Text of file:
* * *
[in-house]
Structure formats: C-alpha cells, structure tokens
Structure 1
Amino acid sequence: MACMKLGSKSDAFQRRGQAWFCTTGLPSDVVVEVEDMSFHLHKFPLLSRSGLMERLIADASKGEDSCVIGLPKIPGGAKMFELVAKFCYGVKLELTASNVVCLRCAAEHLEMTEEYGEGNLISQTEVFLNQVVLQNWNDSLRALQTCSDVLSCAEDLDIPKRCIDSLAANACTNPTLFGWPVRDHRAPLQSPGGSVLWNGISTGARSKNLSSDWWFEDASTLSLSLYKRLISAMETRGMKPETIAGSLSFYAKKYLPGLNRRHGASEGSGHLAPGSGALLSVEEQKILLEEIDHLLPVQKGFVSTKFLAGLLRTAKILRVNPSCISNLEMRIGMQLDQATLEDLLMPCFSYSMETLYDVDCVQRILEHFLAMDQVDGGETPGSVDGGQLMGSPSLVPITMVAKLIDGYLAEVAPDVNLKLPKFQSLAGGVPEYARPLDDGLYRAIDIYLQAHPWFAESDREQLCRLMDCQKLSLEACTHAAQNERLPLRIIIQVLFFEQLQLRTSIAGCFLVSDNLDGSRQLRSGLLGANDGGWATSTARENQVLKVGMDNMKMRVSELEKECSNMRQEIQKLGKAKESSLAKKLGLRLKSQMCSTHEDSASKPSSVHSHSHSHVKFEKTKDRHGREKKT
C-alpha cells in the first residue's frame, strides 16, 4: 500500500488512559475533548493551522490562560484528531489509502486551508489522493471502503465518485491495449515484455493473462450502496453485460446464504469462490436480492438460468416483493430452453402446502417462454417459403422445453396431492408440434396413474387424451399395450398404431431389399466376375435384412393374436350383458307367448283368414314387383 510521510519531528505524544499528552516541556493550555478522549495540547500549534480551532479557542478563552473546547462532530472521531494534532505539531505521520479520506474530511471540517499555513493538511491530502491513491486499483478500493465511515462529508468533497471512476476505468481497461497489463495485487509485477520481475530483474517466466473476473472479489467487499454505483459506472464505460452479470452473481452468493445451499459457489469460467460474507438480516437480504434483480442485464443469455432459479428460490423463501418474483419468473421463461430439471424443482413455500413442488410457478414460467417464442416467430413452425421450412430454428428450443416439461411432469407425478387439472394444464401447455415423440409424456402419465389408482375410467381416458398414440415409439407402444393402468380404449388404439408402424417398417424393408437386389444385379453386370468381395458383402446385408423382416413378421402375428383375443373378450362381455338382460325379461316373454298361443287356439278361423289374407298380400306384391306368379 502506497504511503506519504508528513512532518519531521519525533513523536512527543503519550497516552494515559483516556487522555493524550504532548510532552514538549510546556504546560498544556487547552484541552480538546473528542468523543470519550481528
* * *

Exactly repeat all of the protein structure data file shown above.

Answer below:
[in-house]
Structure formats: C-alpha cells, structure tokens
Structure 1
Amino acid sequence: MACMKLGSKSDAFQRRGQAWFCTTGLPSDVVVEVEDMSFHLHKFPLLSRSGLMERLIADASKGEDSCVIGLPKIPGGAKMFELVAKFCYGVKLELTASNVVCLRCAAEHLEMTEEYGEGNLISQTEVFLNQVVLQNWNDSLRALQTCSDVLSCAEDLDIPKRCIDSLAANACTNPTLFGWPVRDHRAPLQSPGGSVLWNGISTGARSKNLSSDWWFEDASTLSLSLYKRLISAMETRGMKPETIAGSLSFYAKKYLPGLNRRHGASEGSGHLAPGSGALLSVEEQKILLEEIDHLLPVQKGFVSTKFLAGLLRTAKILRVNPSCISNLEMRIGMQLDQATLEDLLMPCFSYSMETLYDVDCVQRILEHFLAMDQVDGGETPGSVDGGQLMGSPSLVPITMVAKLIDGYLAEVAPDVNLKLPKFQSLAGGVPEYARPLDDGLYRAIDIYLQAHPWFAESDREQLCRLMDCQKLSLEACTHAAQNERLPLRIIIQVLFFEQLQLRTSIAGCFLVSDNLDGSRQLRSGLLGANDGGWATSTARENQVLKVGMDNMKMRVSELEKECSNMRQEIQKLGKAKESSLAKKLGLRLKSQMCSTHEDSASKPSSVHSHSHSHVKFEKTKDRHGREKKT
C-alpha cells in the first residue's frame, strides 16, 4: 500500500488512559475533548493551522490562560484528531489509502486551508489522493471502503465518485491495449515484455493473462450502496453485460446464504469462490436480492438460468416483493430452453402446502417462454417459403422445453396431492408440434396413474387424451399395450398404431431389399466376375435384412393374436350383458307367448283368414314387383 510521510519531528505524544499528552516541556493550555478522549495540547500549534480551532479557542478563552473546547462532530472521531494534532505539531505521520479520506474530511471540517499555513493538511491530502491513491486499483478500493465511515462529508468533497471512476476505468481497461497489463495485487509485477520481475530483474517466466473476473472479489467487499454505483459506472464505460452479470452473481452468493445451499459457489469460467460474507438480516437480504434483480442485464443469455432459479428460490423463501418474483419468473421463461430439471424443482413455500413442488410457478414460467417464442416467430413452425421450412430454428428450443416439461411432469407425478387439472394444464401447455415423440409424456402419465389408482375410467381416458398414440415409439407402444393402468380404449388404439408402424417398417424393408437386389444385379453386370468381395458383402446385408423382416413378421402375428383375443373378450362381455338382460325379461316373454298361443287356439278361423289374407298380400306384391306368379 502506497504511503506519504508528513512532518519531521519525533513523536512527543503519550497516552494515559483516556487522555493524550504532548510532552514538549510546556504546560498544556487547552484541552480538546473528542468523543470519550481528